LUCKILY, THIS FELL INTO MY LAP….
With summer in the air, and hopefully a little more leisure in your lives, I want to make a pitch to anyone who follows the Café to take the plunge into some corner of academic theology where you think you’d feel most at home. As I posted a few days ago, I put together a “poor man’s reading list,” i.e., something I cobbled together myself from my own reading and teaching as a starter for any of you who want to make the jump from church pamphlet racks into the “hallowed halls” of theological discussion. Coincidentally, I was reminded of the importance of Catholic theological life in our churches in a curious way this weekend, listening to the sermon for the Feast of the Ascension.
Our parish deacon, who is also our overall director of faith formation, was preaching on the Ascension, and he quoted an appropriate commentary passage by name and source from a noted English Scripture scholar whose work I recognized and respect. I was delighted that he referenced a major scholar in his sermon! It occurred to me that over the thirty years or so I have attended Mass instead of leading it, it has been extremely rare to hear any extra-biblical source cited in a sermon. Even citations from the Bible are not habitual. Years and years ago our founding pastor used to quote the martyr Edith Stein in his sermons, as he had a significant devotion to her, but that has been it for decades. Generally, the parish sermon has never been a place to get one’s theological thirst quenched by a saint or a scholar, and that is sad on many levels. Years ago, one of my psychology professors at Rollins College referred to the generic church sermon as “the martini hour of the mind;” I was a working pastor and preacher at the time, so I gave him the stare, but truth be told, he wasn’t too far wrong.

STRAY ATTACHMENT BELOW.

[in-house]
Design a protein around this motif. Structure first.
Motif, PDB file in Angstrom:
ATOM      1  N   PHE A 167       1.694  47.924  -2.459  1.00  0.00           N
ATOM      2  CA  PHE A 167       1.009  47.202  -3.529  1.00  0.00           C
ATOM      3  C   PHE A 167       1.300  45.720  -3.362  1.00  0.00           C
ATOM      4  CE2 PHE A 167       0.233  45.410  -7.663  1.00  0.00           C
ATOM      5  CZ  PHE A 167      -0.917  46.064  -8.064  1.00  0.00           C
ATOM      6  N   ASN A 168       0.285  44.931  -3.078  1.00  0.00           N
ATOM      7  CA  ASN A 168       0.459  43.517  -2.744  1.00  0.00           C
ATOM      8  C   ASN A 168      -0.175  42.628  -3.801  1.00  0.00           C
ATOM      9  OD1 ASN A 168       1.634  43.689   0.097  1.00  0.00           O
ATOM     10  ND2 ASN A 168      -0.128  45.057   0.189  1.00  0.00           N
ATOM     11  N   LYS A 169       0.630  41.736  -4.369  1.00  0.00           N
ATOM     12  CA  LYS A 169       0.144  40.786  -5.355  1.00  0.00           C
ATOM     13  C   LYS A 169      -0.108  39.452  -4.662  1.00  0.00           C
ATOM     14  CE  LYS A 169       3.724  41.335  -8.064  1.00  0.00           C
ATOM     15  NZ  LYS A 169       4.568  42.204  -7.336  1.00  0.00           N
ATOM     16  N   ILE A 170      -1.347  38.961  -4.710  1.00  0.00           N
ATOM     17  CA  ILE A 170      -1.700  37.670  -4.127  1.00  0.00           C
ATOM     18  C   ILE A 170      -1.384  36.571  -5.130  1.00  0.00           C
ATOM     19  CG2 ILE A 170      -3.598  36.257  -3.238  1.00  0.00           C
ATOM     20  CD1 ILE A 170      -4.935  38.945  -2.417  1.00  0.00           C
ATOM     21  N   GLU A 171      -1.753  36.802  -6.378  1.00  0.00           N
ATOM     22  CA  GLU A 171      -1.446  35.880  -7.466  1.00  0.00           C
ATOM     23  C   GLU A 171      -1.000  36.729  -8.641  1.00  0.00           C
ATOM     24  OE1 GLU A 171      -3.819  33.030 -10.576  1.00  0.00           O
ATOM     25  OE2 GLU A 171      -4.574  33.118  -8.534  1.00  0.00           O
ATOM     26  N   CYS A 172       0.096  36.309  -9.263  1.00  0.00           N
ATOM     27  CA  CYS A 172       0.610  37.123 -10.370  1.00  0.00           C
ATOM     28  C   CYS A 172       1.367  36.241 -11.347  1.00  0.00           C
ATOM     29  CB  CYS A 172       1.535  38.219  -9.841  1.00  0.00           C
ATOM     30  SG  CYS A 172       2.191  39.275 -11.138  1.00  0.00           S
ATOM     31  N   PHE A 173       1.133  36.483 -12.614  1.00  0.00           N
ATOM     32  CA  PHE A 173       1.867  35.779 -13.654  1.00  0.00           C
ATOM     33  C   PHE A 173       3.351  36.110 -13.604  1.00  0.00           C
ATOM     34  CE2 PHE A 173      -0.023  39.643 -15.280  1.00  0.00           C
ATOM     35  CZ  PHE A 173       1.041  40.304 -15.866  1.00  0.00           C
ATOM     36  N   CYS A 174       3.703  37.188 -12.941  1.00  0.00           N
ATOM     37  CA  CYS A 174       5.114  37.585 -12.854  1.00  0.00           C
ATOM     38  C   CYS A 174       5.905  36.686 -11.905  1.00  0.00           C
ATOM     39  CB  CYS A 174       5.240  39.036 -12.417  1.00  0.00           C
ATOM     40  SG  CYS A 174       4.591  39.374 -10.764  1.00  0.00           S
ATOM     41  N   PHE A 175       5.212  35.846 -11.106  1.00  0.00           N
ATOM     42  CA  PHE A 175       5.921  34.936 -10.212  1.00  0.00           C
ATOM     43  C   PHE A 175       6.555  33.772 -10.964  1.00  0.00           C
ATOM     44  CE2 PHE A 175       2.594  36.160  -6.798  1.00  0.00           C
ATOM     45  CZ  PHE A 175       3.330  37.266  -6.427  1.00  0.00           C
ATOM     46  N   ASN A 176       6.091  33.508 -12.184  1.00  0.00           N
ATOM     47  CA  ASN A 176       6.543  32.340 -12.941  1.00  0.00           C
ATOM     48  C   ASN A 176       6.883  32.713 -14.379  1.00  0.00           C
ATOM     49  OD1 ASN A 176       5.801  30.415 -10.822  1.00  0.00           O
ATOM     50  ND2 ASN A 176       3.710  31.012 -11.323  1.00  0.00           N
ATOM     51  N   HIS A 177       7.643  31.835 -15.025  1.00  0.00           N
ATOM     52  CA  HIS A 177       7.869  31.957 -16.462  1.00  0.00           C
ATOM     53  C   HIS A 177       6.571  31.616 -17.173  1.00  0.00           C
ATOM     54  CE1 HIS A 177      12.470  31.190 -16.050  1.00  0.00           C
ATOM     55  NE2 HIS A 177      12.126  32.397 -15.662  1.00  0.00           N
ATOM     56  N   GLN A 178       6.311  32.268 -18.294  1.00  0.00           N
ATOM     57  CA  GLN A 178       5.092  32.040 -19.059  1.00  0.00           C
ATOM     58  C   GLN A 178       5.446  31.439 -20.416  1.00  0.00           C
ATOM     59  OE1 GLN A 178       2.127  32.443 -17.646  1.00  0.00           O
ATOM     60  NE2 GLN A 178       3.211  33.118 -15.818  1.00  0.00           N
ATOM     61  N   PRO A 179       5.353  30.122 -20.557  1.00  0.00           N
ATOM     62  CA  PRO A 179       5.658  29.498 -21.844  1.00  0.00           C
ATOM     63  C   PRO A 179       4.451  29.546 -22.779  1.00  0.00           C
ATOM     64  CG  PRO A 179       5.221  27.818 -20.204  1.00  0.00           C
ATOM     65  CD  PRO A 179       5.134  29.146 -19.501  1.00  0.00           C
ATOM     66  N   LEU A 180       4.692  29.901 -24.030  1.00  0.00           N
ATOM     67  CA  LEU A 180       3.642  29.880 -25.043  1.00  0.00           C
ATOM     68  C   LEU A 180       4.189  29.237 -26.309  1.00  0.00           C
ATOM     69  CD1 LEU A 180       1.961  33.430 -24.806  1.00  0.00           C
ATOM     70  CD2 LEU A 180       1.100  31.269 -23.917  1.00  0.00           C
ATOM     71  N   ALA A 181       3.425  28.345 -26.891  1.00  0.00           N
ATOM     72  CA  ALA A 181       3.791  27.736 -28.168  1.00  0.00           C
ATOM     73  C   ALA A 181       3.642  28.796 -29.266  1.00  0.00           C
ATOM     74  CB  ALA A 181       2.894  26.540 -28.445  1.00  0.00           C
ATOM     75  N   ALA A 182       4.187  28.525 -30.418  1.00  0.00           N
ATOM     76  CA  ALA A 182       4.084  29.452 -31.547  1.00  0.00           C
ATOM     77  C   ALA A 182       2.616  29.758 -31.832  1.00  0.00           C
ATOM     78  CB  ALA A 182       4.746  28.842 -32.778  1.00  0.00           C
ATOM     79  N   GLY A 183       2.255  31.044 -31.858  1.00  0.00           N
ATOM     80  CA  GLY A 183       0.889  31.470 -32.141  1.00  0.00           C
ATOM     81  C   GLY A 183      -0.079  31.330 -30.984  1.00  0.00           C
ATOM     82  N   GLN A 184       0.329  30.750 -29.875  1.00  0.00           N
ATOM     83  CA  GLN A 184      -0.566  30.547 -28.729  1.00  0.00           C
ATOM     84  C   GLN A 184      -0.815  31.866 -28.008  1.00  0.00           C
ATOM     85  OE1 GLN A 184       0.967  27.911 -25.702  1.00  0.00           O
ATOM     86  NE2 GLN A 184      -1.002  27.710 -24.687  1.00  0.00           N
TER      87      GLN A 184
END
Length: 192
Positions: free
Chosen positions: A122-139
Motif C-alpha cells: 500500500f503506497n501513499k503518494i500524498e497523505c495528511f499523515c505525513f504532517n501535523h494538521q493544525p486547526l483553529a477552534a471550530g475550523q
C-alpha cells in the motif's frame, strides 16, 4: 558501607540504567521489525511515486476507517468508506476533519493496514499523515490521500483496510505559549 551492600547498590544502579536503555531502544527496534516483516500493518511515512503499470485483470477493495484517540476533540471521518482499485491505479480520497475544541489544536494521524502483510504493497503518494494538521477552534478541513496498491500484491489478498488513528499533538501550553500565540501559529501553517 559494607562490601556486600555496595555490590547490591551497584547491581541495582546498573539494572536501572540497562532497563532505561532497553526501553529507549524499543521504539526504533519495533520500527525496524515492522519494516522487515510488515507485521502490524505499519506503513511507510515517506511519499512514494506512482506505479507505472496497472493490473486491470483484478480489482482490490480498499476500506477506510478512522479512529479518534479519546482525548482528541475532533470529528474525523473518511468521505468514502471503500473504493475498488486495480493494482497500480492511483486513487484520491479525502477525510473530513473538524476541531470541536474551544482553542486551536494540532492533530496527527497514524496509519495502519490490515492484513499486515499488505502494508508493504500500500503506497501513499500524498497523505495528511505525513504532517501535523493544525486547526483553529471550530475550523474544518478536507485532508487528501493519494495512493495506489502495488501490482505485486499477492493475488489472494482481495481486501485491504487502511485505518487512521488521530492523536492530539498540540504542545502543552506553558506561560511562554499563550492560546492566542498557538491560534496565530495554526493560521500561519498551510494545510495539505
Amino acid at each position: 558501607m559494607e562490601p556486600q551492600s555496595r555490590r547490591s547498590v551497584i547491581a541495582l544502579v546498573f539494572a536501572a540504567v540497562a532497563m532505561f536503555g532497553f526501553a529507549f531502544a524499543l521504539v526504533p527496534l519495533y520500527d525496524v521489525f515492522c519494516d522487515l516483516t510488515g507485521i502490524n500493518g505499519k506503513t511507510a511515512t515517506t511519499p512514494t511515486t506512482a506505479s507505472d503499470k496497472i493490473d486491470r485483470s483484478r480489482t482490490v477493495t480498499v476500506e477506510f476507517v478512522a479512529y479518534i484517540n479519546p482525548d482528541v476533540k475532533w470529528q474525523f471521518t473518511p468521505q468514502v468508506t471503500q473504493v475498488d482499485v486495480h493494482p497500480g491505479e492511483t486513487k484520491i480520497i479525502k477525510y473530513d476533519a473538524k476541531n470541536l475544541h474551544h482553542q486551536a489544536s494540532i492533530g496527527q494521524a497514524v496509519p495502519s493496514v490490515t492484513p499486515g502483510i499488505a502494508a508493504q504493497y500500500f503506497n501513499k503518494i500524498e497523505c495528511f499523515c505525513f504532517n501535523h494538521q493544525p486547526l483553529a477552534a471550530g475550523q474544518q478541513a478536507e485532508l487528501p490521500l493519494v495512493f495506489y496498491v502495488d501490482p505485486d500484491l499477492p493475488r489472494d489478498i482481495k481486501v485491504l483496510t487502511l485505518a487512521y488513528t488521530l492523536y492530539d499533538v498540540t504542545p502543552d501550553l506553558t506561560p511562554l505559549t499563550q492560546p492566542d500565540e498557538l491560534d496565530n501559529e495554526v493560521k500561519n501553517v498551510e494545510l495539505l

Saturday was a valuable teaching moment for our parish for several reasons. First, our deacon modeled a critical aspect of the baptismal priesthood: we are all, ordained and lay, students of the Word, and there is a two-to-three-thousand-year history of organized Judeo-Christian Biblical thought that forms the backbone of what Catholics call “Tradition.” When a preacher cites a scholar, a saint, or a contemporary source, he is sharing valuable information with his hearers that they may in turn take a critical look at the Word in communion with those who have dedicated their lives intensely to the study of God’s Revelation, now and in our past. Collectively, we are all the students and eventually all teachers as well. This includes parents, “the first…and best teachers of their children” as the Infant Baptismal Rite proclaims.
Second, a preacher who brings proof of his homework into his message is modeling the kind of work that any of us who “do ministry,” however one defines that, needs to be doing constantly so that the Word is “ever fresh” in our hearts. In my lifetime I have heard preachers say, with a straight face, that they do not prepare a sermon but wait for the inspiration of the Spirit to gift them in the moment. That is bad on so many levels—I don’t think I need to spell them out—and, this is not our history, either.